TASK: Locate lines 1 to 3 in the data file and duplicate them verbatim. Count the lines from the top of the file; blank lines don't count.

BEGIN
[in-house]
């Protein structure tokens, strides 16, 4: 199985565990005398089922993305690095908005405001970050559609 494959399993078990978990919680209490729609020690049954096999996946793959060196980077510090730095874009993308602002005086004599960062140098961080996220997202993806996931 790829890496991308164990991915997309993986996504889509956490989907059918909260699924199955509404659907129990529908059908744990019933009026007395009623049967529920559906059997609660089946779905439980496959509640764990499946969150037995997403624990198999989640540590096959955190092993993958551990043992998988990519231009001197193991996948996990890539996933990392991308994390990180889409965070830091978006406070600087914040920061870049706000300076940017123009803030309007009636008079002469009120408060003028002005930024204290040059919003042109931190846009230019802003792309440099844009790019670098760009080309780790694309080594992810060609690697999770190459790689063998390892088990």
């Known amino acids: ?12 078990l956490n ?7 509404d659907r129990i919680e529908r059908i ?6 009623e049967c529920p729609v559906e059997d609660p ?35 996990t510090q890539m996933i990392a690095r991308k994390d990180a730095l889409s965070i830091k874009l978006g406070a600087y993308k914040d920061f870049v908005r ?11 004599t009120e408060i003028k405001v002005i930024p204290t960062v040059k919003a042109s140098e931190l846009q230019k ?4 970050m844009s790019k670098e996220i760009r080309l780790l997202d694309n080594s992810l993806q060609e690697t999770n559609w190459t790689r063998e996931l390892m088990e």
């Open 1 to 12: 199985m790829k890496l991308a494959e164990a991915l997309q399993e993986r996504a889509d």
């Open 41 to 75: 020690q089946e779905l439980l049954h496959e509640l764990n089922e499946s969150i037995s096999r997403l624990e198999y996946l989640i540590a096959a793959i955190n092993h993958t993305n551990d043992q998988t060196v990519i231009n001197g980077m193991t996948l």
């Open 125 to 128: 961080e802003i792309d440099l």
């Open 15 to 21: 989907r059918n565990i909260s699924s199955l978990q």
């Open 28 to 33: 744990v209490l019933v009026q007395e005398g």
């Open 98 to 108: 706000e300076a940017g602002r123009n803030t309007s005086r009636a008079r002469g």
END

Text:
[in-house]
């Protein structure tokens, strides 16, 4: 199985565990005398089922993305690095908005405001970050559609 494959399993078990978990919680209490729609020690049954096999996946793959060196980077510090730095874009993308602002005086004599960062140098961080996220997202993806996931 790829890496991308164990991915997309993986996504889509956490989907059918909260699924199955509404659907129990529908059908744990019933009026007395009623049967529920559906059997609660089946779905439980496959509640764990499946969150037995997403624990198999989640540590096959955190092993993958551990043992998988990519231009001197193991996948996990890539996933990392991308994390990180889409965070830091978006406070600087914040920061870049706000300076940017123009803030309007009636008079002469009120408060003028002005930024204290040059919003042109931190846009230019802003792309440099844009790019670098760009080309780790694309080594992810060609690697999770190459790689063998390892088990």
């Known amino acids: ?12 078990l956490n ?7 509404d659907r129990i919680e529908r059908i ?6 009623e049967c529920p729609v559906e059997d609660p ?35 996990t510090q890539m996933i990392a690095r991308k994390d990180a730095l889409s965070i830091k874009l978006g406070a600087y993308k914040d920061f870049v908005r ?11 004599t009120e408060i003028k405001v002005i930024p204290t960062v040059k919003a042109s140098e931190l846009q230019k ?4 970050m844009s790019k670098e996220i760009r080309l780790l997202d694309n080594s992810l993806q060609e690697t999770n559609w190459t790689r063998e996931l390892m088990e």